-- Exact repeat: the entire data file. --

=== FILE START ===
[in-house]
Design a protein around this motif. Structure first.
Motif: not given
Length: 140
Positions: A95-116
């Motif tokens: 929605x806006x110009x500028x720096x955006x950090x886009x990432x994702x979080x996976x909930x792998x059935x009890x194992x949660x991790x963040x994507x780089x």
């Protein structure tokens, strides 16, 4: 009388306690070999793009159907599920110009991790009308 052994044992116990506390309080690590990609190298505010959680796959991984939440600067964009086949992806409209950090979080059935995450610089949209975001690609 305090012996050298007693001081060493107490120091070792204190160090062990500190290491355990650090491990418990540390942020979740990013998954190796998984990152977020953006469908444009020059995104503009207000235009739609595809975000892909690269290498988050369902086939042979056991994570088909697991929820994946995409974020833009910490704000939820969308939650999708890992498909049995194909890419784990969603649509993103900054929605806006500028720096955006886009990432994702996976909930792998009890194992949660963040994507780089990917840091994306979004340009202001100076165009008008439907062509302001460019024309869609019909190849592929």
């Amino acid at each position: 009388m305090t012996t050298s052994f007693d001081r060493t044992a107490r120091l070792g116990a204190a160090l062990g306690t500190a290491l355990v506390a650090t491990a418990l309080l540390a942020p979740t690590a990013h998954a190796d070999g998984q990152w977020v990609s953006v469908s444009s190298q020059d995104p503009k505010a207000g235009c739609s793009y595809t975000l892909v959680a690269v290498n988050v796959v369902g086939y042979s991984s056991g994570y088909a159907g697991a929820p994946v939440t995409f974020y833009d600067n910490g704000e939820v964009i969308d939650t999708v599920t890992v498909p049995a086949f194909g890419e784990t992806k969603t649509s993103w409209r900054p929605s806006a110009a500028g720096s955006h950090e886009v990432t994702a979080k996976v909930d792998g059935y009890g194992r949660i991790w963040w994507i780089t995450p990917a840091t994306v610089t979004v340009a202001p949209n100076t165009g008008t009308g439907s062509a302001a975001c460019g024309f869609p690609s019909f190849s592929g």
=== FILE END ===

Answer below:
[in-house]
Design a protein around this motif. Structure first.
Motif: not given
Length: 140
Positions: A95-116
């Motif tokens: 929605x806006x110009x500028x720096x955006x950090x886009x990432x994702x979080x996976x909930x792998x059935x009890x194992x949660x991790x963040x994507x780089x």
């Protein structure tokens, strides 16, 4: 009388306690070999793009159907599920110009991790009308 052994044992116990506390309080690590990609190298505010959680796959991984939440600067964009086949992806409209950090979080059935995450610089949209975001690609 305090012996050298007693001081060493107490120091070792204190160090062990500190290491355990650090491990418990540390942020979740990013998954190796998984990152977020953006469908444009020059995104503009207000235009739609595809975000892909690269290498988050369902086939042979056991994570088909697991929820994946995409974020833009910490704000939820969308939650999708890992498909049995194909890419784990969603649509993103900054929605806006500028720096955006886009990432994702996976909930792998009890194992949660963040994507780089990917840091994306979004340009202001100076165009008008439907062509302001460019024309869609019909190849592929």
């Amino acid at each position: 009388m305090t012996t050298s052994f007693d001081r060493t044992a107490r120091l070792g116990a204190a160090l062990g306690t500190a290491l355990v506390a650090t491990a418990l309080l540390a942020p979740t690590a990013h998954a190796d070999g998984q990152w977020v990609s953006v469908s444009s190298q020059d995104p503009k505010a207000g235009c739609s793009y595809t975000l892909v959680a690269v290498n988050v796959v369902g086939y042979s991984s056991g994570y088909a159907g697991a929820p994946v939440t995409f974020y833009d600067n910490g704000e939820v964009i969308d939650t999708v599920t890992v498909p049995a086949f194909g890419e784990t992806k969603t649509s993103w409209r900054p929605s806006a110009a500028g720096s955006h950090e886009v990432t994702a979080k996976v909930d792998g059935y009890g194992r949660i991790w963040w994507i780089t995450p990917a840091t994306v610089t979004v340009a202001p949209n100076t165009g008008t009308g439907s062509a302001a975001c460019g024309f869609p690609s019909f190849s592929g």